Russell Moore and IIIrd Tyme Out
3 and 8 p.m. Jan. 21 at Meadowgreen Park Music Hall, 303 Bluegrass Lane, Clay City. $15. (606) 663-9008. Kyfriends.com.
An especially vivid postcard is served up early on Prime Tyme, the new recording by bluegrass stalwarts Russell Moore and IIIrd Tyme Out. Goodbye Old Missoula is a wintertime meditation of country loss and regret set against one of the West's most famous rodeos.
The song might reflect Big Sky Country, but it has a narrative efficiency that can come only from the Lone Star State. It was written 40 years ago by the great Texas songsmith Willis Alan Ramsey for his self-titled debut and was regally resurrected by singer/song stylist Jimmie Dale Gilmore in 2000.
Moore's version is a worthy successor. It reflects a pronounced country inflection, especially in its vocal harmonies, that has highlighted much of IIIrd Tyme Out's best music during the past two decades. But it's a subtle accent. Moore's crisp tenor lead, along with the spry string support of banjoist Steve Dilling and mandolinist Wayne Benson, keep the tune — and all of Prime Tyme — very much within the parameters of traditional bluegrass.
While Prime Tyme is IIIrd Tyme Out's 13th album overall (excluding compilations), it is just the second since the band changed its name by giving Moore co-billing. With fiddler Justen Haynes and bassist Edgar Loudermilk completing its current lineup, IIIrd Tyme Out remains a regular regional visitor in Central Kentucky during the summer bluegrass festival season. On Saturday, however, the band takes to the great indoors with afternoon and evening performances at the wonderfully intimate Meadowgreen Park Music Hall in Clay City.
It's second-chance time, people. If you missed the outstanding October performance by Irish roots and rockabilly queen Imelda May at the Singletary Center for the Arts, you have another opportunity next week. The singer and her splendid band, highlighted by husband/guitarist Darrel Higham, will perform at Monday's taping of WoodSongs Old-Time Radio Hour at The Kentucky Theatre, 214 East Main Street.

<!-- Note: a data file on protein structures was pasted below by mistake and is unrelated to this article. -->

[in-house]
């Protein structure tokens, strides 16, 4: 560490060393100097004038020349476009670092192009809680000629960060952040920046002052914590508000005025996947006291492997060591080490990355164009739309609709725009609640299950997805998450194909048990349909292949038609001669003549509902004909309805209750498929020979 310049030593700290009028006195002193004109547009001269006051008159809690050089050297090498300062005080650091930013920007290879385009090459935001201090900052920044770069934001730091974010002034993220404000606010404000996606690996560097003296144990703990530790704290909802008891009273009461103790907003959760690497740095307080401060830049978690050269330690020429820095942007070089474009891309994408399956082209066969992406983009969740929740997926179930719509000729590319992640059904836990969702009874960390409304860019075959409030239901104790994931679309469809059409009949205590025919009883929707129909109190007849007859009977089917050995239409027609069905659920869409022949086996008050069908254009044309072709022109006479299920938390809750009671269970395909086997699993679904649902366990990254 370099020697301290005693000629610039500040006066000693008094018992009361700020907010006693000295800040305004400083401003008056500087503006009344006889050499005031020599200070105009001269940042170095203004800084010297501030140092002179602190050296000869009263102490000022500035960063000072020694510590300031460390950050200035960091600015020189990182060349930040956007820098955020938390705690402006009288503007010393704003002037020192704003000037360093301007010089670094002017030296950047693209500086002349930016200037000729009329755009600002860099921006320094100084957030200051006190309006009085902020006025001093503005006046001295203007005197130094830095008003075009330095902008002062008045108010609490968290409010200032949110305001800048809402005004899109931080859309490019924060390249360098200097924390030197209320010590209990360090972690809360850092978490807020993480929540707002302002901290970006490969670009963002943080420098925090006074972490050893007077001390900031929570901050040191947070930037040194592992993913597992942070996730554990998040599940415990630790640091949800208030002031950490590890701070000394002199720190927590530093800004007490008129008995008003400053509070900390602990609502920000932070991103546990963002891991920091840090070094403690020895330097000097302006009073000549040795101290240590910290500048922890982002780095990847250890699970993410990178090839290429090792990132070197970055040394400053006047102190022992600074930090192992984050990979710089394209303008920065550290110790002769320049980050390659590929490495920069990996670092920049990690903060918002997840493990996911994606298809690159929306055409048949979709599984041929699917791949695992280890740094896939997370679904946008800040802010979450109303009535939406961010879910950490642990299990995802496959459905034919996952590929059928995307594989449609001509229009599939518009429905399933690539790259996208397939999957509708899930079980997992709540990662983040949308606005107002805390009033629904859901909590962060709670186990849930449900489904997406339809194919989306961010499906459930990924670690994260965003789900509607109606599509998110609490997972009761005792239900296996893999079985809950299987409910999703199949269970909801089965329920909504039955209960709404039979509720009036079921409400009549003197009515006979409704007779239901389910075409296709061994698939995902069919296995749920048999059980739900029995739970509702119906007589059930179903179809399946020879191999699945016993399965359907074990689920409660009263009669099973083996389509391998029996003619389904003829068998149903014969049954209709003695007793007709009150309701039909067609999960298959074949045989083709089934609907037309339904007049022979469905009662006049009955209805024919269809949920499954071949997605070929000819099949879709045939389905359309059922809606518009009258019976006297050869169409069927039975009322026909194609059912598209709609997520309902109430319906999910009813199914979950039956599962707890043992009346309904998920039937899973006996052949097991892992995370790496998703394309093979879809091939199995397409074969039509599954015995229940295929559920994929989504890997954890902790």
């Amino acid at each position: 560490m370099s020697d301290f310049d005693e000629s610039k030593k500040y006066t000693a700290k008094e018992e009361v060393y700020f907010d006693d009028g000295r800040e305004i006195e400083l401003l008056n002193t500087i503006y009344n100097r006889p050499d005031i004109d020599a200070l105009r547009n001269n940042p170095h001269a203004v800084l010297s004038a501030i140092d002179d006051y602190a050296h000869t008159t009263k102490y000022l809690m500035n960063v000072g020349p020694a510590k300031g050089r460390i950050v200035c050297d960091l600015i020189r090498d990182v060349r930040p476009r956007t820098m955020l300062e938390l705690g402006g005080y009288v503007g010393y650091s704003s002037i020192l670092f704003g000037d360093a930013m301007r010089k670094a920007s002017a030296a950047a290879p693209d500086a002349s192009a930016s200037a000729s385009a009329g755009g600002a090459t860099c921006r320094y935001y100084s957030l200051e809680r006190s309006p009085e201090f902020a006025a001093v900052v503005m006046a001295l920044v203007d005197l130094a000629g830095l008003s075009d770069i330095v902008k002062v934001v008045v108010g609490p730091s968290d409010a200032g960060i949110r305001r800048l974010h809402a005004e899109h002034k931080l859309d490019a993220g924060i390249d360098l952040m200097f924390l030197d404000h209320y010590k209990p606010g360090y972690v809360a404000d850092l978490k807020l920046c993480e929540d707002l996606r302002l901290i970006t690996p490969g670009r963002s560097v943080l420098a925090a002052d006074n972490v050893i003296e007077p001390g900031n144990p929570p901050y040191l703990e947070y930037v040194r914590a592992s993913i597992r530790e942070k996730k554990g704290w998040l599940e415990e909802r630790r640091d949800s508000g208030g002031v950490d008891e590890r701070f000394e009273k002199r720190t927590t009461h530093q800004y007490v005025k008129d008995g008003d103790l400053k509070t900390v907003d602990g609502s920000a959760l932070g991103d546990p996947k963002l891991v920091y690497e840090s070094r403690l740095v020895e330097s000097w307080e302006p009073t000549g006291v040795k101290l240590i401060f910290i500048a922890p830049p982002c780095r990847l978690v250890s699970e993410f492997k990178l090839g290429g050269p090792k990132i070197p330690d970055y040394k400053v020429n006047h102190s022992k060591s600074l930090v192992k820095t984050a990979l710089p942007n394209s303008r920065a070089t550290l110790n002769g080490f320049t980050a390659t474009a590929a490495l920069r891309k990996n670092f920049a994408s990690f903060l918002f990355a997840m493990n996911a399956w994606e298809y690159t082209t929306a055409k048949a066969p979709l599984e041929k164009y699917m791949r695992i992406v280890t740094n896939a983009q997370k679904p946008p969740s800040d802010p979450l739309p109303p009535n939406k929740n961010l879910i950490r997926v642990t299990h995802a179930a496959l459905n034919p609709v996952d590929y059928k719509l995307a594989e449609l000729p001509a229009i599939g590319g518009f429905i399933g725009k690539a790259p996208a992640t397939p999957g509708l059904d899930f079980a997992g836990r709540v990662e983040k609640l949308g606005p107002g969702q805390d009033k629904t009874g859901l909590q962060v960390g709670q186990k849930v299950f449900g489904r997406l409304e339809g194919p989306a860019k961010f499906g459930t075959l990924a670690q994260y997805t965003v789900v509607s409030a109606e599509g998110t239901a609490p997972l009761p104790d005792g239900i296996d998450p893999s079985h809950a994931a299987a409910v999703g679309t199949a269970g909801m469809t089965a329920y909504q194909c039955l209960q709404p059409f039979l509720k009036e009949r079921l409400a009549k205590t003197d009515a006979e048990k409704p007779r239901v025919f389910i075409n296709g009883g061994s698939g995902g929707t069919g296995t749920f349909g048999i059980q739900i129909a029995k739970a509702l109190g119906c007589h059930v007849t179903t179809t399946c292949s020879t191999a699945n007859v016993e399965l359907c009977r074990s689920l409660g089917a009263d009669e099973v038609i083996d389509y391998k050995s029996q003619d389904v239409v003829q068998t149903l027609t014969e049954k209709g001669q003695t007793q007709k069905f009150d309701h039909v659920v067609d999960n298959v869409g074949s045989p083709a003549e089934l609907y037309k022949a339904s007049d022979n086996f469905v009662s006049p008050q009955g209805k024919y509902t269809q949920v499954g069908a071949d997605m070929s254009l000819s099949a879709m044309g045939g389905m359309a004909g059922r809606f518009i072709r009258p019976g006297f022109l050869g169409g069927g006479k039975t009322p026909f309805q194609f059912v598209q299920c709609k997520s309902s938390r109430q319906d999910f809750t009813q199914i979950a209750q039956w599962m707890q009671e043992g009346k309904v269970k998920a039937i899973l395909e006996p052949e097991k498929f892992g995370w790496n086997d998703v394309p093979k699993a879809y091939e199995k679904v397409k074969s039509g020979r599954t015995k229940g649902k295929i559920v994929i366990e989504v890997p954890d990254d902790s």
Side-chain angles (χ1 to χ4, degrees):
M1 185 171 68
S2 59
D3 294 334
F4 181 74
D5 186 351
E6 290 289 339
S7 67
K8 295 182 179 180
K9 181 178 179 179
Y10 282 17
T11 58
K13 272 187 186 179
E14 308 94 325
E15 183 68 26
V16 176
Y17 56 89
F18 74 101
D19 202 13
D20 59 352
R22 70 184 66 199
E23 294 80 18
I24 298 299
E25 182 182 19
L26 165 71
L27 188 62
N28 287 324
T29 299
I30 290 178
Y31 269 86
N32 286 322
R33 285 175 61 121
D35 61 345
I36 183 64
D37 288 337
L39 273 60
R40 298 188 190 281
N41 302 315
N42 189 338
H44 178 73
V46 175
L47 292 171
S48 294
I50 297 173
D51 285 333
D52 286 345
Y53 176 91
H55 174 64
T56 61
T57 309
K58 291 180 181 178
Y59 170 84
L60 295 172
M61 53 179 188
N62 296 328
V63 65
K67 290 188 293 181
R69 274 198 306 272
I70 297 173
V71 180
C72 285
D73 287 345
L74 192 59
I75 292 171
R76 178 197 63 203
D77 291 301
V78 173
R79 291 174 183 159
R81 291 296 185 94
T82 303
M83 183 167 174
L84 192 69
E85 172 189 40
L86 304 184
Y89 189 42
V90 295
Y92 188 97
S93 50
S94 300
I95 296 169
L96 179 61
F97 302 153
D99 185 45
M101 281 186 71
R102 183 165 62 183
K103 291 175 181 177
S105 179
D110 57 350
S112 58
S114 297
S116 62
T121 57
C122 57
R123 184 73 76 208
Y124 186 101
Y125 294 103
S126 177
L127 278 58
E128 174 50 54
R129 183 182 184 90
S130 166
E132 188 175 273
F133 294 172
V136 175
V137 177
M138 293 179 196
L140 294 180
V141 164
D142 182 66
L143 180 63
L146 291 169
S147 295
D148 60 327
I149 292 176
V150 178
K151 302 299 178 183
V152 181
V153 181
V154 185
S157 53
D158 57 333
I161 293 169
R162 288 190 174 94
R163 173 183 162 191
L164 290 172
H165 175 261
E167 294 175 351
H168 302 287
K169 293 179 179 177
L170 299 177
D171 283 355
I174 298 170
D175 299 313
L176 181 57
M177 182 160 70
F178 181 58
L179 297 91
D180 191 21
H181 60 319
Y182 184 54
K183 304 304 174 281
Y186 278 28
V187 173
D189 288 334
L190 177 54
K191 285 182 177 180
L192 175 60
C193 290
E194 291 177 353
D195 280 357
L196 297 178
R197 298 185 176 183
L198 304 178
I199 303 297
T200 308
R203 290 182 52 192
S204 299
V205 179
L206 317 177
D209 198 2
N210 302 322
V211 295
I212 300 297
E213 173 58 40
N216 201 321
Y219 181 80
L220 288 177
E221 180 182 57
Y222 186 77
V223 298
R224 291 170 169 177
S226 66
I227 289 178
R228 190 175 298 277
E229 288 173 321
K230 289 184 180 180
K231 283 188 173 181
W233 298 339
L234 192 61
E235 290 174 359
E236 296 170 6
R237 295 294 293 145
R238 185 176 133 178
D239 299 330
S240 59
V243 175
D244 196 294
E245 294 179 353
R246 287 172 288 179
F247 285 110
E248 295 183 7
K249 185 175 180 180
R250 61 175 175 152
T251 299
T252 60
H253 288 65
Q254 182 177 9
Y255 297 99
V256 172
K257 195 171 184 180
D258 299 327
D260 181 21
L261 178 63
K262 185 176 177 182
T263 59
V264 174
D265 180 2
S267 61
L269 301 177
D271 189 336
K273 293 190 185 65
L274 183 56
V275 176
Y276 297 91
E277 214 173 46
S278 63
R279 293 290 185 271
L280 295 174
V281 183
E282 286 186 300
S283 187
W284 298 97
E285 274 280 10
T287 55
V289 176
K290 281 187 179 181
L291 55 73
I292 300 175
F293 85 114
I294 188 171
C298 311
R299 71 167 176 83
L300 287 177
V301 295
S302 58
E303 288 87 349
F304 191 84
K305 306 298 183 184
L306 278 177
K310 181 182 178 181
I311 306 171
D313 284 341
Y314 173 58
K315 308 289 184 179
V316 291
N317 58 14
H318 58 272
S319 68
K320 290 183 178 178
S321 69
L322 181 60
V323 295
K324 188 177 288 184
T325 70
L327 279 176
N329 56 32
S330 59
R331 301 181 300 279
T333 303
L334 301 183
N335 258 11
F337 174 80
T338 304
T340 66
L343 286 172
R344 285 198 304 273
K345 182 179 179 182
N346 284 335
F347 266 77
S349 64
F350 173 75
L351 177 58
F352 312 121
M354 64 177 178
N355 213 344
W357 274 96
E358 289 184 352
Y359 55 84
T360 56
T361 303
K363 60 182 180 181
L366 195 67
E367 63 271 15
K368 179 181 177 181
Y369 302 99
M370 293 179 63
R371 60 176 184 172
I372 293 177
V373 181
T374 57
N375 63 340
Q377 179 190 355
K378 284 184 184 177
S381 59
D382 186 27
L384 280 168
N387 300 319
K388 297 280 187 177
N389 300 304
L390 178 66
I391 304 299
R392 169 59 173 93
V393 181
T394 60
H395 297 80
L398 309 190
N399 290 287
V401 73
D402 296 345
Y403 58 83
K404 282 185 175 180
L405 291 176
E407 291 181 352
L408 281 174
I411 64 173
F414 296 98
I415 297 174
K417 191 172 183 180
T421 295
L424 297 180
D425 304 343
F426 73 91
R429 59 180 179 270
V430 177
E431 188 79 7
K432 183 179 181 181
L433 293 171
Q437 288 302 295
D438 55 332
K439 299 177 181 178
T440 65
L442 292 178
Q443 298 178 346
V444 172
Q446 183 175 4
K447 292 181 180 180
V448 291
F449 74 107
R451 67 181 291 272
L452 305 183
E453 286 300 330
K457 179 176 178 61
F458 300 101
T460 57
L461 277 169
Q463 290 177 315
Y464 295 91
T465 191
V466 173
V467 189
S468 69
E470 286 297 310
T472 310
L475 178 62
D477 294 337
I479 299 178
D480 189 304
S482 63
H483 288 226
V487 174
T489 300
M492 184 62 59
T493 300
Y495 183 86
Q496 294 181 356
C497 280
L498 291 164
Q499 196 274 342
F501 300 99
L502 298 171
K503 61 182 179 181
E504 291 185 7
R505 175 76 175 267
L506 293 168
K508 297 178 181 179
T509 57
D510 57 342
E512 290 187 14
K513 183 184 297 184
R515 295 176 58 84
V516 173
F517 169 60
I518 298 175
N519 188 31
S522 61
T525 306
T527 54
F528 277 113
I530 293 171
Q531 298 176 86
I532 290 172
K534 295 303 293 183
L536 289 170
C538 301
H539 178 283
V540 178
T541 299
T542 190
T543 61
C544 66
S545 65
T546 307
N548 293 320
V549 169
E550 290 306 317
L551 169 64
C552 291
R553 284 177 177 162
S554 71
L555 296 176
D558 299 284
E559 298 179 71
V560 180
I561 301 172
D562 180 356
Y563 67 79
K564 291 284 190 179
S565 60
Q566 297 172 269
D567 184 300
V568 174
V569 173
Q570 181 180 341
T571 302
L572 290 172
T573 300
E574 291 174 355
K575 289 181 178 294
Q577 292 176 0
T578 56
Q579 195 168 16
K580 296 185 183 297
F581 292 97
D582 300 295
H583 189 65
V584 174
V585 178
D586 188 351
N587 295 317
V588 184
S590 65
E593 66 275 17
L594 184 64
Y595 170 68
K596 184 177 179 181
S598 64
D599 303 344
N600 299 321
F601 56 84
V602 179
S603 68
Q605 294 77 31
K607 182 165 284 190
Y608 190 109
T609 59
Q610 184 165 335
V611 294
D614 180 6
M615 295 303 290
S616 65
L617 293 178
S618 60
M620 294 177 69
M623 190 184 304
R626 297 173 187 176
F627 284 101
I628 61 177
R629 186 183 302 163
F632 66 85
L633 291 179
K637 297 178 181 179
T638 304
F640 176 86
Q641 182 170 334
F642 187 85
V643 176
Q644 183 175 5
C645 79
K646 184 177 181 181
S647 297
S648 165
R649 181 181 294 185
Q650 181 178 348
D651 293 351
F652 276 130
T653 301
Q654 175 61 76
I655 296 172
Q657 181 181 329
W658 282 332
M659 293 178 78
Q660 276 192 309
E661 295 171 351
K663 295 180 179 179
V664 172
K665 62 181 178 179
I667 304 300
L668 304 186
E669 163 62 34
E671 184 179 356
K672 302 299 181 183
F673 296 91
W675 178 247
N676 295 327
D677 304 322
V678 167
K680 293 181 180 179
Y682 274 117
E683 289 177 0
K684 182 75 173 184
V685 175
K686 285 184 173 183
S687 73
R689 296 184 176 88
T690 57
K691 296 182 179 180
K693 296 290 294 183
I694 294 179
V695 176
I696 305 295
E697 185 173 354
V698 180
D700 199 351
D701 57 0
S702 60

Well-known to roots music enthusiasts for several years, especially in Europe, May discovered a solid American fan base through recent collaborations with British guitar star Jeff Beck that culminated in 2011 with the release of the Les Paul tribute album Rock 'n' Roll Party. May also performed an ultra-fun swing version of the Les Paul/Mary Ford hit How High the Moon with Beck at the Grammy Awards two years ago.
May's most recent album is 2010's uproarious Mayhem, which features the scalding original Psycho ("Keep on takin' your medication, lock that temper behind those pills"), the lovely pop reflection Kentish Town Waltz and a remix of an earlier big-beat rockabilly concert favorite Johnny Got a Boom Boom.
April Verch completes Monday's WoodSongs bill. (6:45 p.m. $10. For reservations, call (859) 252-8888. Woodsongs.com.)
Wheeler in motion
Singer-songwriter Cheryl Wheeler is one of those great folk artists who never seems to receive ample recognition. Having introduced herself to local audiences about 15 years ago as part of a Kentucky Theatre summit with John Gorka, Patty Larkin and Cliff Eberhardt, Wheeler revealed herself as an artist with an almost journalistic sense of narrative and a stage performer of generous, natural humor.
Numerous mainstream acts have covered her songs, including Bette Midler, Garth Brooks and Kenny Loggins. But on Thursday, Wheeler performs her own remarkable works from such albums as 1995's Mrs. Pinocci's Guitar and 2009's Pointing at the Sun at Natasha's Bistro & Bar, 112 Esplanade. (8 p.m. $20, $24. (859) 259-2754. Beetnik.com.)